SULPHUR — The silver Chevy compact veered off the two-lane county road, flipped onto its top, slammed into a tree and caught fire.
Driving past, Rally Beam, 17, saw the wreck and raced to help. Beam reached into the burning car where Malorie Pope, 18, of Davis, was screaming and crying. She tried to get out, but her head was caught against the seat. She couldn’t move her legs. She thought she was going to die. Beam reached in and pulled her to safety. Rescue workers credited Beam with saving her life.
The Sulphur Times-Democrat ran a front-page story about the June 18 wreck and included a photograph of a smiling Rally, dressed in a T-shirt and baseball cap.
Twenty-three days and 20 miles from the first accident, Beam died when his 2003 Lexus crossed the center line of State Highway 7 just west of Hennepin and struck a semi-trailer.
The July 11 death of the good-natured, high school football standout so soon after he’d been hailed as a hero stunned many in this town of 5,000 near Lake of the Arbuckles about 85 miles south of Oklahoma City. The driver of the truck, Ronnie Percell, 52, of Ratliff City, also died in the accident.
“Kids just realize (now) how precious life is and it can be taken away in a heartbeat,” said Clete Cole, principal of Sulphur High School, home of the Bulldogs. “It shook them up pretty good.”
Unanswered questions about Rally’s fatal crash nag at his father, Michael Beam, 43.
What was his son doing near Hennepin that Friday morning? Was he playing on his phone?
“You know how kids are these days,” Michael Beam said.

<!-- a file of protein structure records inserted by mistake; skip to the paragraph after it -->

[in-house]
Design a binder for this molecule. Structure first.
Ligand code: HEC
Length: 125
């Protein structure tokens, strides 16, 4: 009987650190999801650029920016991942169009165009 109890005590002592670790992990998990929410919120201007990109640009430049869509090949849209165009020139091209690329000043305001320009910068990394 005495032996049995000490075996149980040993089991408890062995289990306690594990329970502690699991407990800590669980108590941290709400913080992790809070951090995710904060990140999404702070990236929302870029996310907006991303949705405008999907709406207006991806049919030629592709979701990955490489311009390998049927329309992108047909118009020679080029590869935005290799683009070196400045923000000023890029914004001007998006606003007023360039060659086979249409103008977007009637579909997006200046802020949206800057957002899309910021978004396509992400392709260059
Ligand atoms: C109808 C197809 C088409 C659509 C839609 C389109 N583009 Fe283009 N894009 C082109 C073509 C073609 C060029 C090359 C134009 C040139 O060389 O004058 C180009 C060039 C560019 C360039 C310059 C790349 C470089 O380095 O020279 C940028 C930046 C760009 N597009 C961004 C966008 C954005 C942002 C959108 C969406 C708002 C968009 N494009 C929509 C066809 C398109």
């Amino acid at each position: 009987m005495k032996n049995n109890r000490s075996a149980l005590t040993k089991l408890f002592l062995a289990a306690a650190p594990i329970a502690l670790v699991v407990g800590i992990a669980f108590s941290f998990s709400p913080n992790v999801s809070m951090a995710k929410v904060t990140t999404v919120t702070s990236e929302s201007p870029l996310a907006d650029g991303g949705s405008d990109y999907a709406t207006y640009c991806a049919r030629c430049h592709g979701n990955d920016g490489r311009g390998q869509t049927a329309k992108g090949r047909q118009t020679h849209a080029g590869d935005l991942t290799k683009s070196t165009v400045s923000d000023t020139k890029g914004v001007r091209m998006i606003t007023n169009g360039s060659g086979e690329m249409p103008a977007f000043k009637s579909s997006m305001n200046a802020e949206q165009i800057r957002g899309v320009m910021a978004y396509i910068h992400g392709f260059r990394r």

An Oklahoma Highway Patrol report doesn’t fill in those gaps. But it does note that Rally Beam was distracted before the deadly collision, by what is unknown.
As a sophomore, Rally Beam was the offensive star on the football team, playing running back, tight end and kicker. He also led the team in tackles.
“He was the kind of guy that when he tackled you, you knew you’d been tackled. He brought the house,” said Bill Leveridge, pastor at Crossway First Baptist Church in Sulphur, who also announces the town’s football games.
But in his junior year, Rally lost focus. He told his dad he was taking a break from football. Michael Beam reminded his son how he good he was on the field, about the opportunities football could provide. But he didn’t argue with his son or call him a quitter. He knew the pressure involved in playing football, and he didn’t blame him for wanting a breather.
Like most kids his age, new driving privileges meant family time was scarce with Rally.
“He was at the age where we didn’t see him much because, you know, shoot, he got a car. You couldn’t keep him still,” Michael Beam said.
With his senior year approaching, Rally decided to play football again, his father said.
Oklahoma Highway Patrol trooper Daniel Arms, who responded to the June 18 crash and deemed Rally a hero, said he thought the fiery rescue might be a turning point in the young man’s life.
“He was one of those kids that rode a real fine line: he wasn’t going to be in trouble, but he’s not going above and beyond,” said Arms, who knew Rally from around town.
“All the coaches basically said this could be the one thing that pushed his self-esteem up to be a better kid and a better athlete,” Arms said.
Arms was working with Sulphur High School and Pope’s family to coordinate a big gesture of thanks for Rally when the trooper found out about the crash that took Rally’s life.
Pope, who attended Davis High School, Sulphur’s cross-county rival, said she knew of Rally, but had never met him before her accident. She heard about Rally’s death from a family friend while she was in a rehabilitation center.
“I just couldn’t believe the person that saved me was gone,” she said. Pope and Rally shared a birthday, a year apart.
Six hundred people attended Rally’s July 15 funeral in Sulphur.
A day earlier, family and friends gathered in Ratliff City to remember Percell. The grandfather of nine raised cattle and catfish and loved coon hunting, according to an obituary in the Durant Democrat.